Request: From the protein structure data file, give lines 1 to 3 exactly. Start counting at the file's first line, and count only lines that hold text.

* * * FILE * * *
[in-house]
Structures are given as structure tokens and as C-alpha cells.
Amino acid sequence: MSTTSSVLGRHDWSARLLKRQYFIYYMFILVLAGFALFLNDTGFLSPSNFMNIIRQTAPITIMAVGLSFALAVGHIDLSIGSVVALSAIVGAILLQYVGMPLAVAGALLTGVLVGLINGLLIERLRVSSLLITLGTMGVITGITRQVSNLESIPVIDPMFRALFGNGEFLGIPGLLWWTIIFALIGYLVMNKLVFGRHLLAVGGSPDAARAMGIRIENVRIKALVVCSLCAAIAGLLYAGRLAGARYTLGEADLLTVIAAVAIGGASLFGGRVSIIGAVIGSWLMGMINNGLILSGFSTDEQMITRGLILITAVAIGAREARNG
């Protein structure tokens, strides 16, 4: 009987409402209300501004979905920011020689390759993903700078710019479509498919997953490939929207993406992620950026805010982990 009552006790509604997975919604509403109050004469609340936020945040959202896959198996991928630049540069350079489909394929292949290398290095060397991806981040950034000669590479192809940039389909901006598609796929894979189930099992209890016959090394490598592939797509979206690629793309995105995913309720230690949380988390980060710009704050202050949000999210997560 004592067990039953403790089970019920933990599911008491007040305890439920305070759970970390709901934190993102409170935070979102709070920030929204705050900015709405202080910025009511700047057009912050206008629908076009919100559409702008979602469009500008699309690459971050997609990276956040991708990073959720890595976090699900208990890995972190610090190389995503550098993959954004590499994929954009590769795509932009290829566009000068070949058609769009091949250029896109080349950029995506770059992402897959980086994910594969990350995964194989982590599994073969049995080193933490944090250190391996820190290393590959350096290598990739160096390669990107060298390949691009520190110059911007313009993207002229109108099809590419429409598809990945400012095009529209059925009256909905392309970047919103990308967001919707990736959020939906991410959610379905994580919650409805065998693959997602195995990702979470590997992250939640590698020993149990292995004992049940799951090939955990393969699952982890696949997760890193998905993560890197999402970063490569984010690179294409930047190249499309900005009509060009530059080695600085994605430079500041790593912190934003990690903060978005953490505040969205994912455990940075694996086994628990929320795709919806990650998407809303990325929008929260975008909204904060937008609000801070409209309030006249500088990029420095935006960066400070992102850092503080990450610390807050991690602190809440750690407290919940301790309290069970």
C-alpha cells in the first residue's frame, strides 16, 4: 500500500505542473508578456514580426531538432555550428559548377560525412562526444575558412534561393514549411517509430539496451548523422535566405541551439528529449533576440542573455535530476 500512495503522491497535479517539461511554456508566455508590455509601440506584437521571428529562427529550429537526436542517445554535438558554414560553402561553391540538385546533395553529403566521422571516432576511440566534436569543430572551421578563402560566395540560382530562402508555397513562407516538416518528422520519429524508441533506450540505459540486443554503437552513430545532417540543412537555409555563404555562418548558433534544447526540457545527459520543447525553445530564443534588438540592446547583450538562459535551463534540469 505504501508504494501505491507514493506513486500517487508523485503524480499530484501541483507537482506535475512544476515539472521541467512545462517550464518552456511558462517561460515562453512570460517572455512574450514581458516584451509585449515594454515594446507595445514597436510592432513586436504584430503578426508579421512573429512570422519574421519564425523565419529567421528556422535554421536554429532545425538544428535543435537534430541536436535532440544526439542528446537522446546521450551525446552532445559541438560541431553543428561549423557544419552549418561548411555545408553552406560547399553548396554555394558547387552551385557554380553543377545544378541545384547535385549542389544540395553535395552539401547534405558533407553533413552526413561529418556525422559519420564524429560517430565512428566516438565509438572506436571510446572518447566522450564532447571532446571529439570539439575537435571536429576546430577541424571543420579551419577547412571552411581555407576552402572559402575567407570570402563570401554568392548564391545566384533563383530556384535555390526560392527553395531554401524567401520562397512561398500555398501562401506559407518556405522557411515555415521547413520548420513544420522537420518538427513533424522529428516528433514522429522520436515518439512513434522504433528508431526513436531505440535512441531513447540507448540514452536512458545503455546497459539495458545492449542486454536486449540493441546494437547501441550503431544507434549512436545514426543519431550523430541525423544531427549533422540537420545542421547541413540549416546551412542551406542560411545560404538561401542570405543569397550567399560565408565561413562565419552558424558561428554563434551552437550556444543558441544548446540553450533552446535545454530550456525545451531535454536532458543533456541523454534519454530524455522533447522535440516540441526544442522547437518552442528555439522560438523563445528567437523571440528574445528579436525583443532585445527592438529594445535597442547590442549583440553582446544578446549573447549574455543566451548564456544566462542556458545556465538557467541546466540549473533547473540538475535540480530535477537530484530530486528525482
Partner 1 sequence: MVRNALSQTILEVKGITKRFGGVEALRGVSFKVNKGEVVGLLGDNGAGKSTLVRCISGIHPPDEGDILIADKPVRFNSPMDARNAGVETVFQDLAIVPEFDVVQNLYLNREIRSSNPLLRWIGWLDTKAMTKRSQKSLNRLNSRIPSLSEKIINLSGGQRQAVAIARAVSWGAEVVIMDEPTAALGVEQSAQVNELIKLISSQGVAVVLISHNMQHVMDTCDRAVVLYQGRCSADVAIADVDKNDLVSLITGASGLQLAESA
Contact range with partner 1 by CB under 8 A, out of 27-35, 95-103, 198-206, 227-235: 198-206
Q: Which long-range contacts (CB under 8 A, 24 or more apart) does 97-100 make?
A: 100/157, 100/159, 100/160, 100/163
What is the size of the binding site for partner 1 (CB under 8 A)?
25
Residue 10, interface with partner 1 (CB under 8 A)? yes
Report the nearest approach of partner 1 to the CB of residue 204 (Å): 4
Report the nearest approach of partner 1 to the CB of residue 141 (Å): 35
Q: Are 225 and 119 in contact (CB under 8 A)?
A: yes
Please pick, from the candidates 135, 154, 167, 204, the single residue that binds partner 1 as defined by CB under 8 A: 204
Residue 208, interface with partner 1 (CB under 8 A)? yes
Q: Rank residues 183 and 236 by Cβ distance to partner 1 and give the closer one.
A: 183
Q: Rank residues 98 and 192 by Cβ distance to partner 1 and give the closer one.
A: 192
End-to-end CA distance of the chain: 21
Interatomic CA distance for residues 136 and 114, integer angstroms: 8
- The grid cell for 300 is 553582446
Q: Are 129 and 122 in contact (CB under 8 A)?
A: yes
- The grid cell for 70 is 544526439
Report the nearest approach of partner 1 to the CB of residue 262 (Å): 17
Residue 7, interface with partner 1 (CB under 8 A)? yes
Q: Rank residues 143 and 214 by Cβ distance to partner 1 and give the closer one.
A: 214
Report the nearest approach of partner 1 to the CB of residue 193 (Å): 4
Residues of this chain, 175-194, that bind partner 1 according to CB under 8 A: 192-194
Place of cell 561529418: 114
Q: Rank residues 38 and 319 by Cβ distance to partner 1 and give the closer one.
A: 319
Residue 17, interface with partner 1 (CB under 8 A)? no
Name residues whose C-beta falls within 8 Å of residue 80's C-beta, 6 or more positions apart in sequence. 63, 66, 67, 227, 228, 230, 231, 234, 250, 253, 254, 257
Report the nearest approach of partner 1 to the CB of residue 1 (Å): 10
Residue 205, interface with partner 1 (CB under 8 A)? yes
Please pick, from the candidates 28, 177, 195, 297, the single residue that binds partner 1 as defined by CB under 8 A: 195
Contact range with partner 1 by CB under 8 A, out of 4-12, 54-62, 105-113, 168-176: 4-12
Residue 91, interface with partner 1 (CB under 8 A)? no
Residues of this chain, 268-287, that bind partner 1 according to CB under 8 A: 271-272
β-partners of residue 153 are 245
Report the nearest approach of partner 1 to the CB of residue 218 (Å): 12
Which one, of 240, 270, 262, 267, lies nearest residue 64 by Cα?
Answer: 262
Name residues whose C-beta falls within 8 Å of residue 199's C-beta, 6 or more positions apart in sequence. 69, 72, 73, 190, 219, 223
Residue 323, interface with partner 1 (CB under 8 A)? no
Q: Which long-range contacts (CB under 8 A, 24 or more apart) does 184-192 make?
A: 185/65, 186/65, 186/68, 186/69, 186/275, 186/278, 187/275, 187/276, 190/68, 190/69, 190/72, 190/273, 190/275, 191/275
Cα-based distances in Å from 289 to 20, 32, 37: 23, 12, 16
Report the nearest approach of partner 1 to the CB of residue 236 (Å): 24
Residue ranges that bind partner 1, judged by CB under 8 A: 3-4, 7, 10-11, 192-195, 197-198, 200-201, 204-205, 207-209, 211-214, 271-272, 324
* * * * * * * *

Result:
[in-house]
Structures are given as structure tokens and as C-alpha cells.
Amino acid sequence: MSTTSSVLGRHDWSARLLKRQYFIYYMFILVLAGFALFLNDTGFLSPSNFMNIIRQTAPITIMAVGLSFALAVGHIDLSIGSVVALSAIVGAILLQYVGMPLAVAGALLTGVLVGLINGLLIERLRVSSLLITLGTMGVITGITRQVSNLESIPVIDPMFRALFGNGEFLGIPGLLWWTIIFALIGYLVMNKLVFGRHLLAVGGSPDAARAMGIRIENVRIKALVVCSLCAAIAGLLYAGRLAGARYTLGEADLLTVIAAVAIGGASLFGGRVSIIGAVIGSWLMGMINNGLILSGFSTDEQMITRGLILITAVAIGAREARNG